Wednesday, October 28, 2009

Who said angels can't be professors?

Oct 25 09

Today I met somebody who will prove to be a real value addition to me. She is different from others - she has a character unlikely of Indian women, of her age and her times.

I met her first on the Diwali function that was organized here. She was the only representative in our traditional wear, saree. You would fall for her at the first sight - she’s so charming! I was not in good form that day and could not catch up with her. Luck was late by 48 hours - I saw her at my bus station two days later and spoke to her for the first time. She introduced herself as a professor in the Department of Social Welfare and she invited me to her home. I could make it to her home only today and the conversation was enlightening, indeed.

Her home is simply beautiful and cozy. Its contemporary yet has the traditional touches of wooden ceiling and walls. Rooms are quite big, with French windows. she told me she enjoyed the view from almost all the rooms and the place is perfectly picturesque. I was surprised even the dustbins in her home are so beautiful, much better than the hand bag I use.

To start with I explained to her the purpose of my visit and how I'm spending my time here (well ,there is a cognitive difference between the former n later aspects:-)). She also went ahead telling about her contract here for up to 5yrs extendable period as Professor. She did her PhD in USA and then returned to India (with genuine patriotism) and served in Tata Institute for social sciences. Her work nature demands her to travel very often and she did enjoy that. Last two years she has been in Singapore and later felt a void and she came through the interview here and decided to try korea before retiring in another 4 years.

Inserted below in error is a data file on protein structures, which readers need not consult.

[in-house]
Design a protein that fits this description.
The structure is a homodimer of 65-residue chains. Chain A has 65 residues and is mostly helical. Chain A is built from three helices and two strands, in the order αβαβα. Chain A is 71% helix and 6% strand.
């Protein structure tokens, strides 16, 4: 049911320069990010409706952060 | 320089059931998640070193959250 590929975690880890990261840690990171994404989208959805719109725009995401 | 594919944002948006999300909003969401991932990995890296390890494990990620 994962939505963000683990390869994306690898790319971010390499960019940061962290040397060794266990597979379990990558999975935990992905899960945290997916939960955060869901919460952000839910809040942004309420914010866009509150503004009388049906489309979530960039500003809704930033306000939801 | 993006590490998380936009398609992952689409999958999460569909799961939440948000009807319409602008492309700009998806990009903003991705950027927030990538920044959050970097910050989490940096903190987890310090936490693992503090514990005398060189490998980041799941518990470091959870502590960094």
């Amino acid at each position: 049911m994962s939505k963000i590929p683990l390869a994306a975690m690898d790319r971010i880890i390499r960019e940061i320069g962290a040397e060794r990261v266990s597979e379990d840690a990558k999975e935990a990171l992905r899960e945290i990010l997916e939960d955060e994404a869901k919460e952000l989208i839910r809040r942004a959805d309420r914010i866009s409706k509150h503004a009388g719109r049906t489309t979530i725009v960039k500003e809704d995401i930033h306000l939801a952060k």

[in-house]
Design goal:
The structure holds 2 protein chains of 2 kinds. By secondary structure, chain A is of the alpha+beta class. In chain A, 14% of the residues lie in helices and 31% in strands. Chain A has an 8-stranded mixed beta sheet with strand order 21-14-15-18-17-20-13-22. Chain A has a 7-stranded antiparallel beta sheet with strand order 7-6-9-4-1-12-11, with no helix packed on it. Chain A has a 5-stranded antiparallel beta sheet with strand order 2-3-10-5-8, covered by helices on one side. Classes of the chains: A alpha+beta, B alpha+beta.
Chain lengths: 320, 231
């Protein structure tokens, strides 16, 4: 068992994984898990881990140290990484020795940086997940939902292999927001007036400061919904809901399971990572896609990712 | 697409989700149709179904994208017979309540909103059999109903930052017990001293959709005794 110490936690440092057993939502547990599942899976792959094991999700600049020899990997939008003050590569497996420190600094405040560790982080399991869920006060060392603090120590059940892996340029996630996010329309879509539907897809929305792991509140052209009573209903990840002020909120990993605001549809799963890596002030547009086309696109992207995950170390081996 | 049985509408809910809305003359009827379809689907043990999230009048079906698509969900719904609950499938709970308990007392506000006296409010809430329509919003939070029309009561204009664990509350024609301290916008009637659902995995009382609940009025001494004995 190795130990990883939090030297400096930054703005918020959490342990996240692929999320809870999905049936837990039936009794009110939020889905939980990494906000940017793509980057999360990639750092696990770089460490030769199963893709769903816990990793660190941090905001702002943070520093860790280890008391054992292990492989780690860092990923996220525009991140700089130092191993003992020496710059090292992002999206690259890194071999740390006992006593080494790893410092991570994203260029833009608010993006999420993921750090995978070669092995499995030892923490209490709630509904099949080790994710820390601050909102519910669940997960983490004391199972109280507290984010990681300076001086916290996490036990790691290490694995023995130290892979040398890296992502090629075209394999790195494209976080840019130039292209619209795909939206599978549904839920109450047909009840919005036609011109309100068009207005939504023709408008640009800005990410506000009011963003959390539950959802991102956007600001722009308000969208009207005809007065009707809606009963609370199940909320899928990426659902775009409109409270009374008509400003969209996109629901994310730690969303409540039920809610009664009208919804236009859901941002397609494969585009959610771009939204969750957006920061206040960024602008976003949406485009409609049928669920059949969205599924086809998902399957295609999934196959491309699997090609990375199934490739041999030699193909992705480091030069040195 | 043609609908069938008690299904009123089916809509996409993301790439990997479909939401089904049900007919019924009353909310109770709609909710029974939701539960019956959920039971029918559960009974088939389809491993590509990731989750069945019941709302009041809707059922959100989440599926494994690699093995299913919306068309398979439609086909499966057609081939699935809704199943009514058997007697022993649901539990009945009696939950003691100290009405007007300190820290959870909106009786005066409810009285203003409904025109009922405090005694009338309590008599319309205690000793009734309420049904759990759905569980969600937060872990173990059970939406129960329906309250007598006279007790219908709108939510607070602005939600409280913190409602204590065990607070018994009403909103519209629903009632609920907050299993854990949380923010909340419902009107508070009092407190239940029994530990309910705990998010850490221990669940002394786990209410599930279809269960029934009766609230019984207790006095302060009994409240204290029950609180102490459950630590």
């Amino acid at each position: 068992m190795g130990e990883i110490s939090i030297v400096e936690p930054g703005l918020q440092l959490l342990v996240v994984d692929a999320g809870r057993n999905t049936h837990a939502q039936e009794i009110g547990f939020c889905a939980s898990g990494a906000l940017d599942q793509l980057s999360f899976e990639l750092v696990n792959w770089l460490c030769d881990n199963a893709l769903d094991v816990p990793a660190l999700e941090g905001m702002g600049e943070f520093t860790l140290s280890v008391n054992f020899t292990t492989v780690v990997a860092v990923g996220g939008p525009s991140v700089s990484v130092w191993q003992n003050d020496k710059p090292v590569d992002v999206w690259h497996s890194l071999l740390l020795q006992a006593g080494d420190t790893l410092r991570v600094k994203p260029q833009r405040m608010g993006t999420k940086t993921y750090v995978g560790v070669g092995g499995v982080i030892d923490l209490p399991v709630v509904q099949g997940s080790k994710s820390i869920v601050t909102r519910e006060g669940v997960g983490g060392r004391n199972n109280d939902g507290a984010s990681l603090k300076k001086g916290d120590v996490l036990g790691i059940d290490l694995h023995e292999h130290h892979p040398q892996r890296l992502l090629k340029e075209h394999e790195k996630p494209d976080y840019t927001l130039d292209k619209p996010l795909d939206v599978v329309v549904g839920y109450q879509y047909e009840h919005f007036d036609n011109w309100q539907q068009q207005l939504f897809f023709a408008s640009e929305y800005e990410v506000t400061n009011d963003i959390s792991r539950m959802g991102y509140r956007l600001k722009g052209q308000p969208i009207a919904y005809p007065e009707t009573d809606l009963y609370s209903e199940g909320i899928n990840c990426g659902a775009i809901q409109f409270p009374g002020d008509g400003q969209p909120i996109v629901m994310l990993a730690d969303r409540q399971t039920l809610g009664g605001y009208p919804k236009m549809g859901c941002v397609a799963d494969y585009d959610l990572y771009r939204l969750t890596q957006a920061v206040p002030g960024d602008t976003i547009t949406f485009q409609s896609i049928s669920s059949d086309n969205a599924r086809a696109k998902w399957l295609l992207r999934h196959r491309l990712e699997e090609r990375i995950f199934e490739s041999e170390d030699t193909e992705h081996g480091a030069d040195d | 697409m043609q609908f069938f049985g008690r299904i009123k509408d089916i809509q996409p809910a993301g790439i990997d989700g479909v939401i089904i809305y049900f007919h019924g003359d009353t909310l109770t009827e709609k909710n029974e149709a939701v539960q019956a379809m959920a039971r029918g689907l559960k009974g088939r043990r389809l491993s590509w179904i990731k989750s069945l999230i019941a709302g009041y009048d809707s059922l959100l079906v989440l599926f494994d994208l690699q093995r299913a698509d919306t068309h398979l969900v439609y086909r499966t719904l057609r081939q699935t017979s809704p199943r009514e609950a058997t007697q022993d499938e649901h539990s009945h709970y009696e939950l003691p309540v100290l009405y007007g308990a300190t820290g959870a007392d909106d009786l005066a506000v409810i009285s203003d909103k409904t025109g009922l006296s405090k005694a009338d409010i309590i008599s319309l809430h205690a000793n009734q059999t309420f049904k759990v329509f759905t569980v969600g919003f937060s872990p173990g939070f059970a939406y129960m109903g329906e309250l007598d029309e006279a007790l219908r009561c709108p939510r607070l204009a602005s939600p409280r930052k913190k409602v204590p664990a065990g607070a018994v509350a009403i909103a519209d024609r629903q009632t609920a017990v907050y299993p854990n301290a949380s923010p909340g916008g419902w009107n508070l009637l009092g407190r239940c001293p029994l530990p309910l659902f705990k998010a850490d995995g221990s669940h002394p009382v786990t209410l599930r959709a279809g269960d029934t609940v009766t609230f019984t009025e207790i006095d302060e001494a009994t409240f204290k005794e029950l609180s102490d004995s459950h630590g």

We had concurrent thoughts on several observations about Korea. We felt that the Koreans had a monoculture and hence were much closed and are shy naturally. Like India and other countries they are also in the the race of catching up US culture. Technologically they are far ahead than India (Internet usage in korea is world No: 01, as approved by Nielsen’s recent research,; My friend BP, working in Nielsen will also approve this, hopefully!!), while in speaking English they are quite behind the pars and thus reluctant to talk to foreigners. All the Koreans are so alike with same skin colour, same hair style- mostly straight and short, same preferences and I even noticed they all wear the same brand of lab slippers!

Regarding the Diwali function in SNU, she told me even though she was treated cordially and shown good care, she too felt something was missing in terms of the organising and execution of the programmes. I told her that I was not prepared for the north Indian crowd, since I expected to see more South Indian people. I was eagerly telling her how I was agitated that day - The moment we entered the celebration hall, they greeted us by saying Anyeong Haseyo (welcome/hello) (when they could have used Pranam or Namskar or atleast welcome in English) and after registration, Kamsameidha (Thank you). And I was totally frantic because even after watching the koreans, we are not keen to promote our culture. What is the need of korean greetings in an Indian gathering, that too in a 99% Indian gathering?